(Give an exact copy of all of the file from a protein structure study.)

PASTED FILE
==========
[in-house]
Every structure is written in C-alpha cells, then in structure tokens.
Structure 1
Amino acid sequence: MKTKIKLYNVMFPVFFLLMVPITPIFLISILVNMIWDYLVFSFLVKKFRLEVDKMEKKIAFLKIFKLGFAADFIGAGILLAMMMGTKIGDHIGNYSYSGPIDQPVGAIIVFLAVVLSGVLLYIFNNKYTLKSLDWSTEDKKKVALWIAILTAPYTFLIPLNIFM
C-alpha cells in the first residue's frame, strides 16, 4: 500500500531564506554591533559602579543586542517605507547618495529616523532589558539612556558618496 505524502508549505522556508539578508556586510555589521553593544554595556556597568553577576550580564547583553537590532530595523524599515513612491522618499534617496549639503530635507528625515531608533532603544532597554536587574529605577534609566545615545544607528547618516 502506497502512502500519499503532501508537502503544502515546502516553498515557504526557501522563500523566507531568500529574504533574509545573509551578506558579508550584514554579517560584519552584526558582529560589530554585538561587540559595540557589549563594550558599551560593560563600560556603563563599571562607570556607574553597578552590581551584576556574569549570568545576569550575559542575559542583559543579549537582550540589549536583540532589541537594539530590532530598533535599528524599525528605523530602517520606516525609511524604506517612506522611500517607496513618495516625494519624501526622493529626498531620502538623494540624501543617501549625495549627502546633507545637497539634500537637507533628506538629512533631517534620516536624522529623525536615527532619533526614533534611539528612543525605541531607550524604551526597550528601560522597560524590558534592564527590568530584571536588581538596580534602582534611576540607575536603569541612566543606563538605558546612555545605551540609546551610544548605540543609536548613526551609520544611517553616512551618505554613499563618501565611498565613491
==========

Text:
[in-house]
Every structure is written in C-alpha cells, then in structure tokens.
Structure 1
Amino acid sequence: MKTKIKLYNVMFPVFFLLMVPITPIFLISILVNMIWDYLVFSFLVKKFRLEVDKMEKKIAFLKIFKLGFAADFIGAGILLAMMMGTKIGDHIGNYSYSGPIDQPVGAIIVFLAVVLSGVLLYIFNNKYTLKSLDWSTEDKKKVALWIAILTAPYTFLIPLNIFM
C-alpha cells in the first residue's frame, strides 16, 4: 500500500531564506554591533559602579543586542517605507547618495529616523532589558539612556558618496 505524502508549505522556508539578508556586510555589521553593544554595556556597568553577576550580564547583553537590532530595523524599515513612491522618499534617496549639503530635507528625515531608533532603544532597554536587574529605577534609566545615545544607528547618516 502506497502512502500519499503532501508537502503544502515546502516553498515557504526557501522563500523566507531568500529574504533574509545573509551578506558579508550584514554579517560584519552584526558582529560589530554585538561587540559595540557589549563594550558599551560593560563600560556603563563599571562607570556607574553597578552590581551584576556574569549570568545576569550575559542575559542583559543579549537582550540589549536583540532589541537594539530590532530598533535599528524599525528605523530602517520606516525609511524604506517612506522611500517607496513618495516625494519624501526622493529626498531620502538623494540624501543617501549625495549627502546633507545637497539634500537637507533628506538629512533631517534620516536624522529623525536615527532619533526614533534611539528612543525605541531607550524604551526597550528601560522597560524590558534592564527590568530584571536588581538596580534602582534611576540607575536603569541612566543606563538605558546612555545605551540609546551610544548605540543609536548613526551609520544611517553616512551618505554613499563618501565611498565613491